1. Day 1, 2. Day 2, 3. Day 3, 4. Day 4, 5. Day 5, 6. Day 6, 7. Day 7, 8. Day 8, 9. Day 9, 10. Day 10, 11. Day 11, 12. Day 12, 13. Day 13, 14. Day 14, 15. Day 15, 16. Day 16, 17. Day 17, 18. Day 18, 19. Day 19, 20. Day 20, 21. Day 21, 22. Day 22, 23. Day 23, 24. Day 24, 25. Day 25, 26. Day 26, 27. Day 27, 28. Day 28, 29. Day 29, 30. Day 30, 31. Day 31, 32. Day 32, 33. Day 33, 34. Day 34, 35. Day 35, 36. Day 36


1. Day 37, 2. Day 38, 3. Day 39, 4. Day 40, 5. Day 41, 6. Day 42, 7. Day 43, 8. Day 44, 9. Day 45, 10. Day 46, 11. Day 47, 12. Day 48, 13. Day 49, 14. Day 50, 15. Day 51, 16. Day 52, 17. Day 53, 18. Day 54, 19. Day 55, 20. Day 56, 21. Day 57, 22. Day 58, 23. Day 59, 24. Day 60, 25. Day 61, 26. Day 62, 27. Day 63, 28. Day 64, 29. Day 65, 30. Day 66, 31. Day 67, 32. Day 68, 33. Day 69, 34. Day 70, 35. Day 71, 36. Day 72

Monday, June 14

going off the deep end

Gif Created on Make A Gif
I just realised I have not posted the entire series of our monthly jumps, which have been going on for almost a year. Soon, soon. In the meantime, be hypnotised by this.

Monday, May 24

unravelling



I want to make a surprise ball. Heck, I want to receive a surprise ball. From Kiosk. Check out the unravelling video.

Monday, May 10

happy (belated) mother's day


My mum, my sissy and me in Genting, circa 1985.

Due to some stupid glitch, I could not post this photo yesterday, when the three of us celebrated a low-key Mother's Day with Vietnamese food for lunch.

I just like this snapshot; it cracks me up. And by the way, I still have that red quilted jacket and I can still fit into it. *Smug face*

Sunday, April 25

bad picture, good meatballs



The recipe for these baked chicken meatballs is the first I've tried from Smitten Kitchen and it won't be the last.

Not only were they easy to make, they were also healthily baked and succulent and juicy, thanks to the dollop of tomato paste on top of each. And they tasted cheesy without the addition of cheese, which is pretty amazing in my books.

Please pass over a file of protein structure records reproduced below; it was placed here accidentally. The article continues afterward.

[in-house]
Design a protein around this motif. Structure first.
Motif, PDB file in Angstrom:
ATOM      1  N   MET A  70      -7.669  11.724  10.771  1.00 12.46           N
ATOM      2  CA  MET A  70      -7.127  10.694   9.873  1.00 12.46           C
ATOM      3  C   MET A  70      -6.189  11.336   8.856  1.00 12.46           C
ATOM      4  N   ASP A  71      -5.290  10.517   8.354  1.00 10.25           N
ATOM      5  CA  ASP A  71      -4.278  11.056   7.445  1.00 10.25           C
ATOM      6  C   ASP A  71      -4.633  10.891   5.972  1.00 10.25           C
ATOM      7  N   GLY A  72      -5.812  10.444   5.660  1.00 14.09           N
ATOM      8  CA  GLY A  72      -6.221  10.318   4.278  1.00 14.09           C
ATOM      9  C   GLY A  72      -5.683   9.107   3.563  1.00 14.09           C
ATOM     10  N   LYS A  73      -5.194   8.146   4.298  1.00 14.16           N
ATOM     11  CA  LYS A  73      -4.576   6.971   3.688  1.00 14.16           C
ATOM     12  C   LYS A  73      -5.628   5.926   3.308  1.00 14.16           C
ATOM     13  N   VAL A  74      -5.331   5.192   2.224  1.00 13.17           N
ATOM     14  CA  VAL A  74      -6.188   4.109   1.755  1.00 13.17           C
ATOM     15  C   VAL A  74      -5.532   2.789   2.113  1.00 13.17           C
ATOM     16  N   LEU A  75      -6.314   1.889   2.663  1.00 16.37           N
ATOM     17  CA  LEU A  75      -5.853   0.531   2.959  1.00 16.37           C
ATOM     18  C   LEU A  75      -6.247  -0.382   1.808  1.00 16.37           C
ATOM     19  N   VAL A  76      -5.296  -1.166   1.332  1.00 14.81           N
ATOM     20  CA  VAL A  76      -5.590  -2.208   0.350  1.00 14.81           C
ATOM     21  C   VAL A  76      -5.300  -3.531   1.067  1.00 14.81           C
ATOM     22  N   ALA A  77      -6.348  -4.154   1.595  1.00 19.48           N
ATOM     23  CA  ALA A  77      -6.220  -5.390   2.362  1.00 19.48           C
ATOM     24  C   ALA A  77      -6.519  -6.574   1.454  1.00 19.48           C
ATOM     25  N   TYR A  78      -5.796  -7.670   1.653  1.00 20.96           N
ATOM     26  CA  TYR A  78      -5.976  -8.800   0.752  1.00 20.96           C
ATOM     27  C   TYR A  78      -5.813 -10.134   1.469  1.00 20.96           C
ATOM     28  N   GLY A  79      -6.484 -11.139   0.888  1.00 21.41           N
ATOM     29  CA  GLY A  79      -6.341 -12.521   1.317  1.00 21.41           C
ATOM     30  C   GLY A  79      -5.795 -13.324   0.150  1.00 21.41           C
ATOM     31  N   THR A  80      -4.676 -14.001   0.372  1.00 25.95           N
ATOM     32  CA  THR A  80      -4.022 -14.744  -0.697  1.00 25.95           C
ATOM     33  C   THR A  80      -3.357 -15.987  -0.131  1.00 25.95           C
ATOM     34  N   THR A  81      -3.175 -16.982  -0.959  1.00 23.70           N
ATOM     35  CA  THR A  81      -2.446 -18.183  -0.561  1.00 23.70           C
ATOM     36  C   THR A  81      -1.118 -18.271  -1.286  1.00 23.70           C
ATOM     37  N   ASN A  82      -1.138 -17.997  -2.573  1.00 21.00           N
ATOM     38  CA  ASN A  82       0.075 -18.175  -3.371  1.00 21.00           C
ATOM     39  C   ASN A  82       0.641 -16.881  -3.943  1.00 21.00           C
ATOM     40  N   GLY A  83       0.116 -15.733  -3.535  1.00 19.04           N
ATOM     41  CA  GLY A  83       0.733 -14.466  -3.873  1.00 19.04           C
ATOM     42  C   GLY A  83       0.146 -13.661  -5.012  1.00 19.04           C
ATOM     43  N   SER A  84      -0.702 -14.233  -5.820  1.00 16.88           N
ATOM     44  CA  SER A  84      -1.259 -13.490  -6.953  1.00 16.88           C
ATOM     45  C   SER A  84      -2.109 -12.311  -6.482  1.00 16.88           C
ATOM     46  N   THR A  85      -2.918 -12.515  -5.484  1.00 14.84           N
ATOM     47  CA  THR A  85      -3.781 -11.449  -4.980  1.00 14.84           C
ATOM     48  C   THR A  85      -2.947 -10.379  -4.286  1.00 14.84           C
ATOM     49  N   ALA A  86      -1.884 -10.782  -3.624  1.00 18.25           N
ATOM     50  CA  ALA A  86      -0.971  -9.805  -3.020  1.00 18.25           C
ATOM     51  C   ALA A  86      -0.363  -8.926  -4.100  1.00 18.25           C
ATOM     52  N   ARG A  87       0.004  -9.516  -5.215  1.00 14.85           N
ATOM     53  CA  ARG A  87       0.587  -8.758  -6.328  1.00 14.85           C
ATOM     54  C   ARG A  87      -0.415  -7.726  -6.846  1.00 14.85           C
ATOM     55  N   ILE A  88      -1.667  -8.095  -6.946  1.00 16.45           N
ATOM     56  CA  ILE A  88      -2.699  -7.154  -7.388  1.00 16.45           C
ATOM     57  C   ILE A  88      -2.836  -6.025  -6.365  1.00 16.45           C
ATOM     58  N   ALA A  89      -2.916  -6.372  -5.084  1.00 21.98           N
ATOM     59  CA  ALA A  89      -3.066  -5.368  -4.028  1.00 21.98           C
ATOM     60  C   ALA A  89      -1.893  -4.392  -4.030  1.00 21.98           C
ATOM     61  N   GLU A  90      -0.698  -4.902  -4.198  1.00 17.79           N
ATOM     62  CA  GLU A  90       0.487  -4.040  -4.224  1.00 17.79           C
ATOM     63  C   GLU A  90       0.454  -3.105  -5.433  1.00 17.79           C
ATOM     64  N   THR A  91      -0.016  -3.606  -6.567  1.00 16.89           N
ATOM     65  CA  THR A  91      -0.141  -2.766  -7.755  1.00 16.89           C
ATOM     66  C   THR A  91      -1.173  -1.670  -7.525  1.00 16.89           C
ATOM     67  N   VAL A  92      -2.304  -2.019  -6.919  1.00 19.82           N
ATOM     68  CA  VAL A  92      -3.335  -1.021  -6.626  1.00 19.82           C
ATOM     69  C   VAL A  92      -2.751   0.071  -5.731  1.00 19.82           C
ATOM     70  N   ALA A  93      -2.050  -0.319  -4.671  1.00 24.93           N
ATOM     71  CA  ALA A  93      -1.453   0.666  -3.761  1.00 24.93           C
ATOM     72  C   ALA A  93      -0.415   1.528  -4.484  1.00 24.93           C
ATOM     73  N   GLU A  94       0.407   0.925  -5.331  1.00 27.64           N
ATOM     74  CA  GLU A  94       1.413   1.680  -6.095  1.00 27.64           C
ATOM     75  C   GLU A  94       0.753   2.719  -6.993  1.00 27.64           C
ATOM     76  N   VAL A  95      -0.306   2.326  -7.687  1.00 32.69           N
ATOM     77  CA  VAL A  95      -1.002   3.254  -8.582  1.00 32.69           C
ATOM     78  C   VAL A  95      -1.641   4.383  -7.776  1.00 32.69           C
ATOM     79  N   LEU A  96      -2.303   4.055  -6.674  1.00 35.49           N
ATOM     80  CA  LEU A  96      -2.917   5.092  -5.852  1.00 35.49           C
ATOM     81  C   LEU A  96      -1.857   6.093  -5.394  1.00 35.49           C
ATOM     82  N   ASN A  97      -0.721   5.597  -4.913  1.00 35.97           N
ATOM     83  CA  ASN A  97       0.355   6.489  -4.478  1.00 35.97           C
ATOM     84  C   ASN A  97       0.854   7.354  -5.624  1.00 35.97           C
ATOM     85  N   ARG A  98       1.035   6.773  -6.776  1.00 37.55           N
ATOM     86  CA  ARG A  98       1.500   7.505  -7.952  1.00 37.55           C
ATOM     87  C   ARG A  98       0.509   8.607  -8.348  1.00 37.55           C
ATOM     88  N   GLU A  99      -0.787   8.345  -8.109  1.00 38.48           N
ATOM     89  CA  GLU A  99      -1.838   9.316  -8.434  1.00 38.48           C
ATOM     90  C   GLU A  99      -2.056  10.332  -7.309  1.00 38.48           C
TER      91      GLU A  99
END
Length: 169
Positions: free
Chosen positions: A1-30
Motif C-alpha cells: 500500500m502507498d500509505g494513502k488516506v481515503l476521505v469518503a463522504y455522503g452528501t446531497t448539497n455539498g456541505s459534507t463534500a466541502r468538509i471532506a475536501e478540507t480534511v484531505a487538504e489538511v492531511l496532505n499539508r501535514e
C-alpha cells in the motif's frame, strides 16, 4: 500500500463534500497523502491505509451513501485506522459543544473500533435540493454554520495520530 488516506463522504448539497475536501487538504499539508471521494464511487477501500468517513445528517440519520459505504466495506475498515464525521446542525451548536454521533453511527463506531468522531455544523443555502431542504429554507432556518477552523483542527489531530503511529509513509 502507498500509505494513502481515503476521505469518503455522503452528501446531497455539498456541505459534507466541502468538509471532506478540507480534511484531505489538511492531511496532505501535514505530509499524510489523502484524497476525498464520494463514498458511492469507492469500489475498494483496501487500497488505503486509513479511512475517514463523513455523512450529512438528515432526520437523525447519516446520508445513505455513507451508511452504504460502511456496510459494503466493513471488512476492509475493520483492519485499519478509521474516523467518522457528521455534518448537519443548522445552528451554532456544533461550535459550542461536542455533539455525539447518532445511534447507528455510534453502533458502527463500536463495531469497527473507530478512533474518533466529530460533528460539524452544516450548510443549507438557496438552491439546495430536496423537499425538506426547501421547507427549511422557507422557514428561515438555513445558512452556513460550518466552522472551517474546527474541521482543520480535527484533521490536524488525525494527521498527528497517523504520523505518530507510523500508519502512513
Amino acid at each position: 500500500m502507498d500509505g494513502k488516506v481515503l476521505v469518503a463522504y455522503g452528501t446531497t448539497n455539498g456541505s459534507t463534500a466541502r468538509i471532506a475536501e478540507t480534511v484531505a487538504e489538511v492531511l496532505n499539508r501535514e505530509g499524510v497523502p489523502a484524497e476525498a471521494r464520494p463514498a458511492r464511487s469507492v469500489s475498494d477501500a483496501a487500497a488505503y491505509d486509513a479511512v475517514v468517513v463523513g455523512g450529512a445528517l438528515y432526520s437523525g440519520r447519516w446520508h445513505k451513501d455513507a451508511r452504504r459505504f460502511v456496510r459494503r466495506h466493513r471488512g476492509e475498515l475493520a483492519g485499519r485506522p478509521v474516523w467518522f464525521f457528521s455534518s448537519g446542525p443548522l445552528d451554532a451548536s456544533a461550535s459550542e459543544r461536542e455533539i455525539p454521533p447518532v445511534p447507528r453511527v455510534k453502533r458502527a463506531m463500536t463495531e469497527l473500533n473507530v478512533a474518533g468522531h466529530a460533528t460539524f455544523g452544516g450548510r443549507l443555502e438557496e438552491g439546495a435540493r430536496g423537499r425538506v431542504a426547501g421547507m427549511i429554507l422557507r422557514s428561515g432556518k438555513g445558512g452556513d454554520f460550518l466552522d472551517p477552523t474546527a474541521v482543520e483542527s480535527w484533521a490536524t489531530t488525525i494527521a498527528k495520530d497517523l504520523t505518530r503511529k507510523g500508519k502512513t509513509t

My inner Martha is well pleased.

Wednesday, April 21

i heart pancakes



I needed an excuse to use my new exceedingly impractical but pretty measuring cups.



So I modified the IHOP recipe and insisted on feeding my family a pancake breakfast.



Topped with my fave fruit -- raspberries.



And my non-fave fruit -- bananas -- and golden syrup. Of course, IHOP's were fluffier but mine were pretty yums too.

pengerang



The heavy marble-topped table was cold and sticky as I rested my forearms on it, already aching from lugging a camera forged from steel, or so it felt, for an hour.

I tuned out my friends' excited chatter -- about prime lenses and bokeh and bak kut teh and the watered down teh si -- and cast my eyes around for something to shoot to make this shoulder ache worthwhile.

Mosaic tiles caked with decades of grime, fluttering day-by-day calendar with ultra large numerals, kopi tiam auntie pouring hot beverages ungracefully into beer mugs. Click, click, click.

Motioning to my bag, I tasked my friends to look after it while I wandered out into the drizzle to see if I could capture scenes of what Singapore must have looked like in the early 1980s, somewhat unenthusiastic because, clearly, the 1970s was my preferred era.